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I learned them in the lonely glen,
3. Hogg was descended from a family of shepherds, and vui us. us he alleged (though the point was often disputed), on the 25th January (Burns's birthday), in the year 1772. When a mere child he was put out to service, acting first as a cow-herd, until capable of taking care of a flock of sheep. He had in all about half a year's schooling. When eighteen years of age, he entered the service of Mr. Laidlaw, Blackhouse. He was then an eager reader of poeti y and romances, and he subscribed to a circulating library in Peebles, the miscellaneous contents of which he perused with tb e utmost avidity.
4. He was a remarkably fine-looking young man, with a profusion of light-brown hair, which he wore coiled up under his hat or blue bonnet, the envy of all the country maidens. An
attack of illness, however, brought on by over exertion on a hot summer day, completely altered his countenance, and changed the
very form of his features. His first literary effort was in song writing, and, in 1801, he published a small volume of pioses. He was introduced to Sir Walter Scott by his master's son, Mr. William Laidlaw, and assisted in the collection of old ballads for the Border Minstrelsy. He soon imitated the style of these ancient strains with great felicity, and published another volume of songs and poems under the title of the Mountain Bard.
5. He now embarked in sheep farming, and took a journey to the island of Lewis on a speculation of this kind; but all he had saved as a shepherd, or by his publication, was lost in these attempts. He then repaired to Edinburgh, and endeavored to subsist by his pen. A collection of songs, The Forest Minstrel, was his first effort; his second was a periodical called The Spy; but it was not till the publication of the Queen's Wake, in 1813, that the Shepherd established his reputation as an author.
6. This legendary poem consists of a collection of tales and ballads, supposed to be sung to Mary, Queen of Scots, by the native bards of Scotland, assembled at a royal wake at Holyrood, in order that the fair queen might prove
" The wondrous power of Scottish song."
The design was excellent, and the execution so varied and masterly, that Hogg was at once placed among the first of our living poets. The different productions of the native minstrels are strung together by a thread of narrative so gracefully written in many parts, that the reader is surprised equally at the delicacy and the genius of the author.
7. At the conclusion of the poem, Hogg alludes to his illustrious friend Scott, and adverts with some feeling to an advice which Sir Walter had once given him, to abstain from bis worship of poetry :
" The land was charmed to list his lays;
It knew the harp of ancient days.
The border chiefs that long had been
So powerful was the magic strain.
He told me where the relic lay;
Such strains had o'er my cradle sung.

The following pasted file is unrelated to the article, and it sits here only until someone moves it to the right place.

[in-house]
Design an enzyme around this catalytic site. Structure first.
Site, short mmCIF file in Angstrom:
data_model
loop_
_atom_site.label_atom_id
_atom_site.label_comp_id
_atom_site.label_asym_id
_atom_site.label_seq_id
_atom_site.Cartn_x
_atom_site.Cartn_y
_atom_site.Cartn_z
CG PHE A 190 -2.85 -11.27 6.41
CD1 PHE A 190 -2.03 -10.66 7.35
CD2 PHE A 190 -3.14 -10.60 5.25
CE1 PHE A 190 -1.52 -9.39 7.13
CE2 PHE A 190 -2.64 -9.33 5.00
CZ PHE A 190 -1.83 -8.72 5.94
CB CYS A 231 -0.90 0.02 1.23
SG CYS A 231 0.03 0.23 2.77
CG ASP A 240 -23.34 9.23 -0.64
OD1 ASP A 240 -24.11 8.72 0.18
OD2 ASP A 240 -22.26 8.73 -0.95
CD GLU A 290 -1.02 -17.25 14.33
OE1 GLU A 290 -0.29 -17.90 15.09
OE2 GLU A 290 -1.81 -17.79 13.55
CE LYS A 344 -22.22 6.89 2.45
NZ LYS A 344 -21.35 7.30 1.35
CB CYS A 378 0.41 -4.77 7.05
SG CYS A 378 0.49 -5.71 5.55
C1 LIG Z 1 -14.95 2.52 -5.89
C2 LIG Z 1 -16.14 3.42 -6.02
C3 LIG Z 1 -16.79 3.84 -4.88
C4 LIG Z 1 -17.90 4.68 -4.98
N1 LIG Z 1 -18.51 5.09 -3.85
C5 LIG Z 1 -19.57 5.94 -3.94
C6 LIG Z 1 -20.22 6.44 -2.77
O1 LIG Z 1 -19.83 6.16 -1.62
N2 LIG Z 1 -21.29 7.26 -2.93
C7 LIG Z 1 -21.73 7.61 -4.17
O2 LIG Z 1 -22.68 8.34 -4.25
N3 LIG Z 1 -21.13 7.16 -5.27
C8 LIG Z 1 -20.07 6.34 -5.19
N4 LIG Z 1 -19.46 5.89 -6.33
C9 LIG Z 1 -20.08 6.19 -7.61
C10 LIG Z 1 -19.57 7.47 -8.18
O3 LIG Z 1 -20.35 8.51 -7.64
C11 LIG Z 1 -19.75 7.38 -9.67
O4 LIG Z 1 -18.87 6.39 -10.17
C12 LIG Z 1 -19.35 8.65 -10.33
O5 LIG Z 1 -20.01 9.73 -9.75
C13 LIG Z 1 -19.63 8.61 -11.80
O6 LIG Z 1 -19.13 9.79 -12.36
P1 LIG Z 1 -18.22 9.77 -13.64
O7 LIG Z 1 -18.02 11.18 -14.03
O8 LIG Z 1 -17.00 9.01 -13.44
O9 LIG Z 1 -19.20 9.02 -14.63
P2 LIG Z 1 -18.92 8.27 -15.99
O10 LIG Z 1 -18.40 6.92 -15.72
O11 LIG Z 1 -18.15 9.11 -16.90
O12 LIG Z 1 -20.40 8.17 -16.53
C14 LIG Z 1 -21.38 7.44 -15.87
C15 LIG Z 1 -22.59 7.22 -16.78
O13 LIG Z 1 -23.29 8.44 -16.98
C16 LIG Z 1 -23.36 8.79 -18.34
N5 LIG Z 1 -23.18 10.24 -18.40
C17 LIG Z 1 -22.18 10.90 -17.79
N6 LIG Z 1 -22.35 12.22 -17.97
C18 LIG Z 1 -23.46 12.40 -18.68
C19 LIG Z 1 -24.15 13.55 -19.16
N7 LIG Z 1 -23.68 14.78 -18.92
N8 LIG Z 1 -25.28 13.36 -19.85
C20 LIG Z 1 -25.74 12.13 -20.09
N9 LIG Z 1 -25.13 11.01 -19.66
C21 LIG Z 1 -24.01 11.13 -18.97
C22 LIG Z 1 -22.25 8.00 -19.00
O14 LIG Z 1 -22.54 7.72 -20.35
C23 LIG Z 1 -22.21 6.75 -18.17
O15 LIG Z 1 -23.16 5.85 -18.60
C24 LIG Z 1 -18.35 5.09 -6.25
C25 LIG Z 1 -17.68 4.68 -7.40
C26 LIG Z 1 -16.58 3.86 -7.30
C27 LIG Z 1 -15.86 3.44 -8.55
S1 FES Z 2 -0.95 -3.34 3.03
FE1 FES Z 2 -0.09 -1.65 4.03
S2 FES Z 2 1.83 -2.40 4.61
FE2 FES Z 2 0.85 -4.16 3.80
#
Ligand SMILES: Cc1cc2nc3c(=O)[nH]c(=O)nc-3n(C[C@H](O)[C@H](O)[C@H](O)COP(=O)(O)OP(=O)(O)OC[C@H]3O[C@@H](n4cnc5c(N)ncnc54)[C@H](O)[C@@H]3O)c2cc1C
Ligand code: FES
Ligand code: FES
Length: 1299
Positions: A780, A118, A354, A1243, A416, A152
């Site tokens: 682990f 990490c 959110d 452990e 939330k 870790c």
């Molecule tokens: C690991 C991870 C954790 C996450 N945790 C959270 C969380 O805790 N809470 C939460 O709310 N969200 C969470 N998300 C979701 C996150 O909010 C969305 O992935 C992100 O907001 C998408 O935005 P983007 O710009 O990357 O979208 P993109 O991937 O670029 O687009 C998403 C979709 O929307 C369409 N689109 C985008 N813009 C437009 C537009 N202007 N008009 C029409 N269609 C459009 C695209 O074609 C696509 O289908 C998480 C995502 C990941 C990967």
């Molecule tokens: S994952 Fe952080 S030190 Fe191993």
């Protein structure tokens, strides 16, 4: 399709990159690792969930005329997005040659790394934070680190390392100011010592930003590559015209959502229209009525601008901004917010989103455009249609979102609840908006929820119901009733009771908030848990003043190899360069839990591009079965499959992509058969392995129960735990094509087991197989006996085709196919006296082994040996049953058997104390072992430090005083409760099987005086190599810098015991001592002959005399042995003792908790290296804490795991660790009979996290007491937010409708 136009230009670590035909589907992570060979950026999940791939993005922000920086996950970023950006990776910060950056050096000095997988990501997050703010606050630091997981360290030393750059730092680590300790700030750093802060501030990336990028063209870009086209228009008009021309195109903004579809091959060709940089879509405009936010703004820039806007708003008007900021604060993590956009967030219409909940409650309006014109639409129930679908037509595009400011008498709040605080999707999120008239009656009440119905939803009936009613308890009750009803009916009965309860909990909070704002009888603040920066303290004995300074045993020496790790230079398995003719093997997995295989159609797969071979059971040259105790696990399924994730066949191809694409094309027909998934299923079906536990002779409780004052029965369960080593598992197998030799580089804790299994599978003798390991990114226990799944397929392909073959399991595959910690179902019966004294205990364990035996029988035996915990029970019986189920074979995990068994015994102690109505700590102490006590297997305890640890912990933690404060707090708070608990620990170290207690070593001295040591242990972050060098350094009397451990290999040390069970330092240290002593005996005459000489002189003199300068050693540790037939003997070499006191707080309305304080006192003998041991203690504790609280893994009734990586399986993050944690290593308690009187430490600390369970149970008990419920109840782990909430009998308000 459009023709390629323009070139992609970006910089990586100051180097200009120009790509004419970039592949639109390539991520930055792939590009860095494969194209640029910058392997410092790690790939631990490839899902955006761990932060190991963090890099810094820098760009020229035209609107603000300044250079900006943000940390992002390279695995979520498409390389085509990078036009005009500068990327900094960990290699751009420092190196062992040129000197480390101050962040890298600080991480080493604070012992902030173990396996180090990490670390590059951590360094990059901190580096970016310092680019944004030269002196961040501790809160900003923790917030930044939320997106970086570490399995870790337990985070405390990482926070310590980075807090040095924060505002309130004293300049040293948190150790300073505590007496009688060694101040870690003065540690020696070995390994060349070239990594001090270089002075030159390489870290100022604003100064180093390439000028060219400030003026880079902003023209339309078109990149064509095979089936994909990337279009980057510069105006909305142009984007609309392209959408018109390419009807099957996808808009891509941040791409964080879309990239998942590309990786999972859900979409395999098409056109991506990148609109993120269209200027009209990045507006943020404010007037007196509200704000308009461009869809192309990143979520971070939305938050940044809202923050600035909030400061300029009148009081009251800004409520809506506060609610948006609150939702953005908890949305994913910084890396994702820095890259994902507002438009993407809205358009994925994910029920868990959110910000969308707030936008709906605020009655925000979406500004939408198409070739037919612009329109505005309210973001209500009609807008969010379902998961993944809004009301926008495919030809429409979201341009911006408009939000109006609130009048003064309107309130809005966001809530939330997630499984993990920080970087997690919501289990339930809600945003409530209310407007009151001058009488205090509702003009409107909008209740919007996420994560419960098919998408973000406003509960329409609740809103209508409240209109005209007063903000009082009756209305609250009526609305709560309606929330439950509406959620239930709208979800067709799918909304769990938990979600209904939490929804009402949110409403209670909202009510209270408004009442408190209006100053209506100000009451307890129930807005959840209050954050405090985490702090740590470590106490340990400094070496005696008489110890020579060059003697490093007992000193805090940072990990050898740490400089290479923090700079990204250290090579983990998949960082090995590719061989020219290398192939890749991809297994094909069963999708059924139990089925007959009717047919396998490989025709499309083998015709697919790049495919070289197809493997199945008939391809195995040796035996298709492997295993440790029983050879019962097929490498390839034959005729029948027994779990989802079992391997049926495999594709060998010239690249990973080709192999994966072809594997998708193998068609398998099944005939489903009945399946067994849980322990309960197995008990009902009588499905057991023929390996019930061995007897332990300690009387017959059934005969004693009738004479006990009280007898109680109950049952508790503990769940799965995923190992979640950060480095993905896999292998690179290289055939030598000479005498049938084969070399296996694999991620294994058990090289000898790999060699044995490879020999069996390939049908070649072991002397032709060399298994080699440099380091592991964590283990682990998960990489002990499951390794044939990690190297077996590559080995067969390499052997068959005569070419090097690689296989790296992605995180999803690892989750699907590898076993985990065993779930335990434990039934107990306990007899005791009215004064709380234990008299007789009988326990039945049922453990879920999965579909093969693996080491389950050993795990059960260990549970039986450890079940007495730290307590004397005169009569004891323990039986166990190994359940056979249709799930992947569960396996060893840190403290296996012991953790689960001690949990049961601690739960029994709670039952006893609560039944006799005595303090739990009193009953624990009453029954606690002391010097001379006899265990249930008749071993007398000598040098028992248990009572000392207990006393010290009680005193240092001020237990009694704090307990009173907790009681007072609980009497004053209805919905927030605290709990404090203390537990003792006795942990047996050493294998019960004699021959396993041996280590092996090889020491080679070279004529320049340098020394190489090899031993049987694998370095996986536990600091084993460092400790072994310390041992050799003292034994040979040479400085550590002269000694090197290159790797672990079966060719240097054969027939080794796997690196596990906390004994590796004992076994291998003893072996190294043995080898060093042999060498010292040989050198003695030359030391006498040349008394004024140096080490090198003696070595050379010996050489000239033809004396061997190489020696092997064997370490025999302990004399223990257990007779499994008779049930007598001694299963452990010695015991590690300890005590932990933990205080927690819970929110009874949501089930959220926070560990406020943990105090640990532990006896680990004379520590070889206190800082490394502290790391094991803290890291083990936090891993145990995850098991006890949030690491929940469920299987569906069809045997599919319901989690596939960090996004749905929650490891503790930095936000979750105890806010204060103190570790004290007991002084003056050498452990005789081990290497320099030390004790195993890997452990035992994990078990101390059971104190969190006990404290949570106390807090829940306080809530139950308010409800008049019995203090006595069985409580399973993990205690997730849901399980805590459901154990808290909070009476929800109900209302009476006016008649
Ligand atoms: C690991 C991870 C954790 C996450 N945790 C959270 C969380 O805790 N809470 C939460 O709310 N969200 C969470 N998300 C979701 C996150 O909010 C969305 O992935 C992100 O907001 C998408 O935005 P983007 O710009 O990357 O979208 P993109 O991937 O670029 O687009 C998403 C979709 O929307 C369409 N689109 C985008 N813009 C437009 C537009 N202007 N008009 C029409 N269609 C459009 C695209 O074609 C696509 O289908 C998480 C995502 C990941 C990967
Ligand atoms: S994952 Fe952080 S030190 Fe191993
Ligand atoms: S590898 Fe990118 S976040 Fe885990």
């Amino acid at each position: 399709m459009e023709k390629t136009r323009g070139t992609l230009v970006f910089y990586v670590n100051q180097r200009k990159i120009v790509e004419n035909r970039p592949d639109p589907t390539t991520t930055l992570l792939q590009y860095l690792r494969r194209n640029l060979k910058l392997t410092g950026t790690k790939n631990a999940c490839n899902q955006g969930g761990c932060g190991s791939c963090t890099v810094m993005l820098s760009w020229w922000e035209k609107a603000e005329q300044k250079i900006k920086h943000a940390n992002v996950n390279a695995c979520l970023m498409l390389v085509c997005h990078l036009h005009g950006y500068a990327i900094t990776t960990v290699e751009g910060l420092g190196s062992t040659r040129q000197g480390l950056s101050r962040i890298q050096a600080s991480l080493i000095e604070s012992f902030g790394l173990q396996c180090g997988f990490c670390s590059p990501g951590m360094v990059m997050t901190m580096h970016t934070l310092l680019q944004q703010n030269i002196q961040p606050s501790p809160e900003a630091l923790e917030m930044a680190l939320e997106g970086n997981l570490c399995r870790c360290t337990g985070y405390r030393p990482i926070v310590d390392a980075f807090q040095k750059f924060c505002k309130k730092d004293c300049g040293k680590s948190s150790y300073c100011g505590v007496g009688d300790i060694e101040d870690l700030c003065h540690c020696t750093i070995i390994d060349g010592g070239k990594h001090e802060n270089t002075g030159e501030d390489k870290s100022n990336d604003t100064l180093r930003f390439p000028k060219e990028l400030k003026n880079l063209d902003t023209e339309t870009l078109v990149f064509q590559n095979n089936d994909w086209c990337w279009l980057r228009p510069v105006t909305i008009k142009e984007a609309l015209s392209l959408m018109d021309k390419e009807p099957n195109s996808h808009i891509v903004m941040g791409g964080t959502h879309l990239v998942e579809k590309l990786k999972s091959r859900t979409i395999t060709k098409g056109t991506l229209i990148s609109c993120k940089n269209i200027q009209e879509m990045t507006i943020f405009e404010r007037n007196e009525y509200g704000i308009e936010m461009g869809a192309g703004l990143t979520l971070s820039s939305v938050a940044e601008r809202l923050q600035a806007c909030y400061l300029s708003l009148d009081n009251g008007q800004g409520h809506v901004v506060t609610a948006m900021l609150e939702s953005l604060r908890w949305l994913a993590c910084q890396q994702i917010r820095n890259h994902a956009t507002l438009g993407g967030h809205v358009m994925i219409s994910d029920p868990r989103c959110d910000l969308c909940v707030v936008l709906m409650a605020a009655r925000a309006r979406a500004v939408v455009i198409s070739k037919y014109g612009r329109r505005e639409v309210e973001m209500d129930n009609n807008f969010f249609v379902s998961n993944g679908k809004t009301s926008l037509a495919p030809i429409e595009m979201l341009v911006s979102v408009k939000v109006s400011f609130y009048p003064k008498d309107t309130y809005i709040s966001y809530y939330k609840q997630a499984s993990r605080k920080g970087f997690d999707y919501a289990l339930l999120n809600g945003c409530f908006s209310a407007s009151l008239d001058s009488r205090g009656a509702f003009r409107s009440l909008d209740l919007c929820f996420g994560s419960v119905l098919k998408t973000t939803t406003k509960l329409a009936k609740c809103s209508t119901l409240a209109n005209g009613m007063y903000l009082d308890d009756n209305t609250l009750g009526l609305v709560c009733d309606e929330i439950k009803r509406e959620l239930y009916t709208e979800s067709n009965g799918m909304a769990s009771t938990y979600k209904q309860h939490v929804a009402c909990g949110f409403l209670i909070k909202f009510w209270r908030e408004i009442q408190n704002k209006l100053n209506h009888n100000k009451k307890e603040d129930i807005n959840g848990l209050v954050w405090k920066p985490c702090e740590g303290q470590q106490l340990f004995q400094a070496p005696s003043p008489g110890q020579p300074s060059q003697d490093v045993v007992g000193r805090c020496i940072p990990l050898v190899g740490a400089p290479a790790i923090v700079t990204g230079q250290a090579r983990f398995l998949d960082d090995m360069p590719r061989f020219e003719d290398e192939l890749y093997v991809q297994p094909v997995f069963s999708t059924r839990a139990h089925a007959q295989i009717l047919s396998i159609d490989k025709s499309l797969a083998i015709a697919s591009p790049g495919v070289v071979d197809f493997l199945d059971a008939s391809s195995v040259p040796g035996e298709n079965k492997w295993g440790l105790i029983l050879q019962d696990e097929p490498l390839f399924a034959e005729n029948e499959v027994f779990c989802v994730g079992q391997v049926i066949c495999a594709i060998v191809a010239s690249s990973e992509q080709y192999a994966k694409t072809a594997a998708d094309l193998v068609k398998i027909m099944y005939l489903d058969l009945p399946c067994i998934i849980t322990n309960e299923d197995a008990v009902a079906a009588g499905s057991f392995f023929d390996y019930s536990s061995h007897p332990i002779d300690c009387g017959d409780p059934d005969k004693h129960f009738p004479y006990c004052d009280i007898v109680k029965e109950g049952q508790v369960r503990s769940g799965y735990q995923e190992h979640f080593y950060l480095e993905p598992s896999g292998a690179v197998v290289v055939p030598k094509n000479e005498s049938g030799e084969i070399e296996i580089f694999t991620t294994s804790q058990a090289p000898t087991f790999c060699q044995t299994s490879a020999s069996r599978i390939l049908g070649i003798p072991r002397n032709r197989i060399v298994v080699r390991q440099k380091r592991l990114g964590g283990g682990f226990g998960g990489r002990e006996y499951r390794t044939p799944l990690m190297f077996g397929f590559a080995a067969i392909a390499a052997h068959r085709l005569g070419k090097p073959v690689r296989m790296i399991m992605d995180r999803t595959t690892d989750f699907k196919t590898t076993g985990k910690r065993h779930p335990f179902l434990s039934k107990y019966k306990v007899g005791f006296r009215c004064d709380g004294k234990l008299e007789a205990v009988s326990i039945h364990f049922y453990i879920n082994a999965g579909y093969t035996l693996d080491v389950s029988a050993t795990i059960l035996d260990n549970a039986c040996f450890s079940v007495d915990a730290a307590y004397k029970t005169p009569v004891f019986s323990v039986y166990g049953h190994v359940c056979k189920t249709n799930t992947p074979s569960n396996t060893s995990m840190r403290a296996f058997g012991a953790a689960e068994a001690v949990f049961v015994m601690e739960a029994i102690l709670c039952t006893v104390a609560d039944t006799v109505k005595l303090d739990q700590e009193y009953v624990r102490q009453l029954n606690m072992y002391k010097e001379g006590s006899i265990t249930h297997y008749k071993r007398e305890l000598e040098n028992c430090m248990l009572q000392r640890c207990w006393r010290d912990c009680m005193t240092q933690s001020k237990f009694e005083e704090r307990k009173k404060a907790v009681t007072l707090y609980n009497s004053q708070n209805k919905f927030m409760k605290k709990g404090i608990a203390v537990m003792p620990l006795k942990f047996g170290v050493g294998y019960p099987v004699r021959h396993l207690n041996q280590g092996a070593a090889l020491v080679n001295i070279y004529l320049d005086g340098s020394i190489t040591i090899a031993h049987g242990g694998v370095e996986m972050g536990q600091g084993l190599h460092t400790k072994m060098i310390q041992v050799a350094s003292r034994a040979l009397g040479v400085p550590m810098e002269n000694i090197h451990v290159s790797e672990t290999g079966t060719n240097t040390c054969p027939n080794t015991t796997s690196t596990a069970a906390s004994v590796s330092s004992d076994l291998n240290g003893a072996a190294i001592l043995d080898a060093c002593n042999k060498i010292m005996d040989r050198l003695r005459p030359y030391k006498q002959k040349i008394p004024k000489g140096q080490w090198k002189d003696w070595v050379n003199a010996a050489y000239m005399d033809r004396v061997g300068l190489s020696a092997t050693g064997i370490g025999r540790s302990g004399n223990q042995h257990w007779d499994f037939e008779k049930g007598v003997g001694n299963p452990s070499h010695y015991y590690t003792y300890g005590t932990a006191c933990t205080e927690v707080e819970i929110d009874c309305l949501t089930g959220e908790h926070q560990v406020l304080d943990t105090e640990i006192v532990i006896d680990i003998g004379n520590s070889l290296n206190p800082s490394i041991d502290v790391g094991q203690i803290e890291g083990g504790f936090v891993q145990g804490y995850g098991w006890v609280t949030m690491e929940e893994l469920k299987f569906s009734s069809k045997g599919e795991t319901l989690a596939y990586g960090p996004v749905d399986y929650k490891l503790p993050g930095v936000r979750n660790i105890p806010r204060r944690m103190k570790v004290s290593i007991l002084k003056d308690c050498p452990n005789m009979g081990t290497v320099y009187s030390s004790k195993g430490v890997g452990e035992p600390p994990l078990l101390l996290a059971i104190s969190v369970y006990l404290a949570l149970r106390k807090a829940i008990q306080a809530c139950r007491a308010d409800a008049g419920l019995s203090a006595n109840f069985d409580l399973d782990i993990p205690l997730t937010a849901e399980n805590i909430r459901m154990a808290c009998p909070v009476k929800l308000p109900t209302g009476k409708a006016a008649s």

I struck upon a chord was new;
10. His love of angling and field-sports amounted to a passion, and, when he could no longer fish or hunt, he declared his belief that his death was near. In the autumn of 1835, he was attacked with a dropsical complaint; and, on the 21st November of that year, after some days of insensibility, he breathed his last as calmly, and with as little pain, as he ever fell asleep in his gray plaid on the hill-side. His death was deeply mourned in the vale of Ettrick, for all rejoiced in his fame; and, notwithstanding his personal foibles, the Shepherd was generous, kind-hearted, and charitable far beyond his means.
* Habergeon (ha berl je on), armor to cover the neck and breast
MARY STUART, Queen of Scots, was born in the palace of Linlithgow, in Dec. 1542, and was beheaded at Fotheringay Castle, in Northamptonshire, England, Feb. 8th, 1587. She was betrothed to the dauphin of France, son of Henry II., and sailed for that country Aug. 7th, 1548. She was kindly received by Henry II., and treated as a daughter. In France she received a brilliant edacation. She was married to the dauphin April 24th, 1558. Upon the death of Henry II., in 1559, Mary became Queen of France. But, in 1560, not quite seventeen months after she was made queen, her husband, Francis II., died. After his death, she resolved to return to Scotland. She embarked at Calais Aug. 14th, 1561, and arrived at Leith on the 19th of the same month. This is the LANDING OF QUEEN MARY, 80 beautifully sung in the following piece.
QUEEN MARY'S LANDING.
After a youth, by woes o'ercast,
Her comely form, and graceful mien,
In one short
year her hopes all crossed,
Light on her airy steed she
sprung, Around with golden tassels hung; No chieftain there rode half so free, Or half so light and gracefully. How sweet to see her ringlets pale Wide waving in the southland gale, Which, through the broom-wood blossoms, flew To fan her cheeks of rosy hue ! Whene'er it heaved her bosom's screen, What beauties in her form were seen ! And when her courser's mane it swung, A thousand silver bells were rung. A sight so fair, on Scottish plain, A Scot shall never see again.
When Mary turned her wondering eyes